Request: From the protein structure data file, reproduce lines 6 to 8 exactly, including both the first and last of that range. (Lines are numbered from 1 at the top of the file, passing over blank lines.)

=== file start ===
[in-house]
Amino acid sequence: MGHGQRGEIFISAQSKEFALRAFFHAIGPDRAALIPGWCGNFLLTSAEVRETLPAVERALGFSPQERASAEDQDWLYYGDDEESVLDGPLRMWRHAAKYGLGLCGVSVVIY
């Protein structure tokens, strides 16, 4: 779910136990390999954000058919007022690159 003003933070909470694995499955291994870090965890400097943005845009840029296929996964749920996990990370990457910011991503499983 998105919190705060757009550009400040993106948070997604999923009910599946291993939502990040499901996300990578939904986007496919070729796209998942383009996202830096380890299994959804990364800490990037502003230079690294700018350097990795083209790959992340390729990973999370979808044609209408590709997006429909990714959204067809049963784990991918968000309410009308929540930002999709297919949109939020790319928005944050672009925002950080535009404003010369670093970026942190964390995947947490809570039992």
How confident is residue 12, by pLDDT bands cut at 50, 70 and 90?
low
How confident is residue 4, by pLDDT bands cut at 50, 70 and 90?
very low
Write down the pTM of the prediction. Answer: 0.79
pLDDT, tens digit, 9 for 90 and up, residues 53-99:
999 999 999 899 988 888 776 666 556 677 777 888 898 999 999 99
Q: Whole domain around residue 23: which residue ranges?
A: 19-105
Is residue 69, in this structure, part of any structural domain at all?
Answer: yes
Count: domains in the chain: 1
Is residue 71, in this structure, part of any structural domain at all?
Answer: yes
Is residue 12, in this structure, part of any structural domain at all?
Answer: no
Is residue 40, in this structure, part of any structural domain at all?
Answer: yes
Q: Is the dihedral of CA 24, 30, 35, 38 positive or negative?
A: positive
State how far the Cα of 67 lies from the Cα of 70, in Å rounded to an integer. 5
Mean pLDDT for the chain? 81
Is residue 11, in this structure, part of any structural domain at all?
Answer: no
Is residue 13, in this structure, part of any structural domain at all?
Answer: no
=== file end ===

How confident is residue 4, by pLDDT bands cut at 50, 70 and 90?
very low
Write down the pTM of the prediction. Answer: 0.79